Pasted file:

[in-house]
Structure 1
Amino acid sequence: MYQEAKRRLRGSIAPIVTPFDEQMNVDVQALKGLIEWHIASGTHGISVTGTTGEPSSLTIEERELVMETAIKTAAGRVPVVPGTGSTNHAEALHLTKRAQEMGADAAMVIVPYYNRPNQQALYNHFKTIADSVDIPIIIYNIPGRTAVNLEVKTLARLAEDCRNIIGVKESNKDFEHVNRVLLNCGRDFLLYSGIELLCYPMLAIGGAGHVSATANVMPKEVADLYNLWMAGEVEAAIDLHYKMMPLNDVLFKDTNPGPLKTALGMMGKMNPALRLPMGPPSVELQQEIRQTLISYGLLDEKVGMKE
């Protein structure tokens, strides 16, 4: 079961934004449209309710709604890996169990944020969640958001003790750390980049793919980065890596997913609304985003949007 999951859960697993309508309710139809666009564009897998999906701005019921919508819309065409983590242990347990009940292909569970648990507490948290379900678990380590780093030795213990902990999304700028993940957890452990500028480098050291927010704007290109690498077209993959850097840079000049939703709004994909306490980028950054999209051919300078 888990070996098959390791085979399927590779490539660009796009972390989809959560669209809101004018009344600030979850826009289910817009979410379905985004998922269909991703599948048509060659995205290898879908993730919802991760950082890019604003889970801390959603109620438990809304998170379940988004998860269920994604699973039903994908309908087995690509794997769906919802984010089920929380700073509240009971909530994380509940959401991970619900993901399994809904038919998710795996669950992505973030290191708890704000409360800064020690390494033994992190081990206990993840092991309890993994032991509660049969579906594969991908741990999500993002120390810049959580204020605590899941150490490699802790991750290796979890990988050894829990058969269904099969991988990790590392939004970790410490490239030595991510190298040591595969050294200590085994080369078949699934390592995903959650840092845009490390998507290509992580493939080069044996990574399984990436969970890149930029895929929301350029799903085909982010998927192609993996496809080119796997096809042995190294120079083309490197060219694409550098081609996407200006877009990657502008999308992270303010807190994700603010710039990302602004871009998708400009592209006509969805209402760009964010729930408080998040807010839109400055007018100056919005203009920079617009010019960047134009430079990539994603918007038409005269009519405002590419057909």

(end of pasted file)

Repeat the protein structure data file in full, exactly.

[in-house]
Structure 1
Amino acid sequence: MYQEAKRRLRGSIAPIVTPFDEQMNVDVQALKGLIEWHIASGTHGISVTGTTGEPSSLTIEERELVMETAIKTAAGRVPVVPGTGSTNHAEALHLTKRAQEMGADAAMVIVPYYNRPNQQALYNHFKTIADSVDIPIIIYNIPGRTAVNLEVKTLARLAEDCRNIIGVKESNKDFEHVNRVLLNCGRDFLLYSGIELLCYPMLAIGGAGHVSATANVMPKEVADLYNLWMAGEVEAAIDLHYKMMPLNDVLFKDTNPGPLKTALGMMGKMNPALRLPMGPPSVELQQEIRQTLISYGLLDEKVGMKE
């Protein structure tokens, strides 16, 4: 079961934004449209309710709604890996169990944020969640958001003790750390980049793919980065890596997913609304985003949007 999951859960697993309508309710139809666009564009897998999906701005019921919508819309065409983590242990347990009940292909569970648990507490948290379900678990380590780093030795213990902990999304700028993940957890452990500028480098050291927010704007290109690498077209993959850097840079000049939703709004994909306490980028950054999209051919300078 888990070996098959390791085979399927590779490539660009796009972390989809959560669209809101004018009344600030979850826009289910817009979410379905985004998922269909991703599948048509060659995205290898879908993730919802991760950082890019604003889970801390959603109620438990809304998170379940988004998860269920994604699973039903994908309908087995690509794997769906919802984010089920929380700073509240009971909530994380509940959401991970619900993901399994809904038919998710795996669950992505973030290191708890704000409360800064020690390494033994992190081990206990993840092991309890993994032991509660049969579906594969991908741990999500993002120390810049959580204020605590899941150490490699802790991750290796979890990988050894829990058969269904099969991988990790590392939004970790410490490239030595991510190298040591595969050294200590085994080369078949699934390592995903959650840092845009490390998507290509992580493939080069044996990574399984990436969970890149930029895929929301350029799903085909982010998927192609993996496809080119796997096809042995190294120079083309490197060219694409550098081609996407200006877009990657502008999308992270303010807190994700603010710039990302602004871009998708400009592209006509969805209402760009964010729930408080998040807010839109400055007018100056919005203009920079617009010019960047134009430079990539994603918007038409005269009519405002590419057909």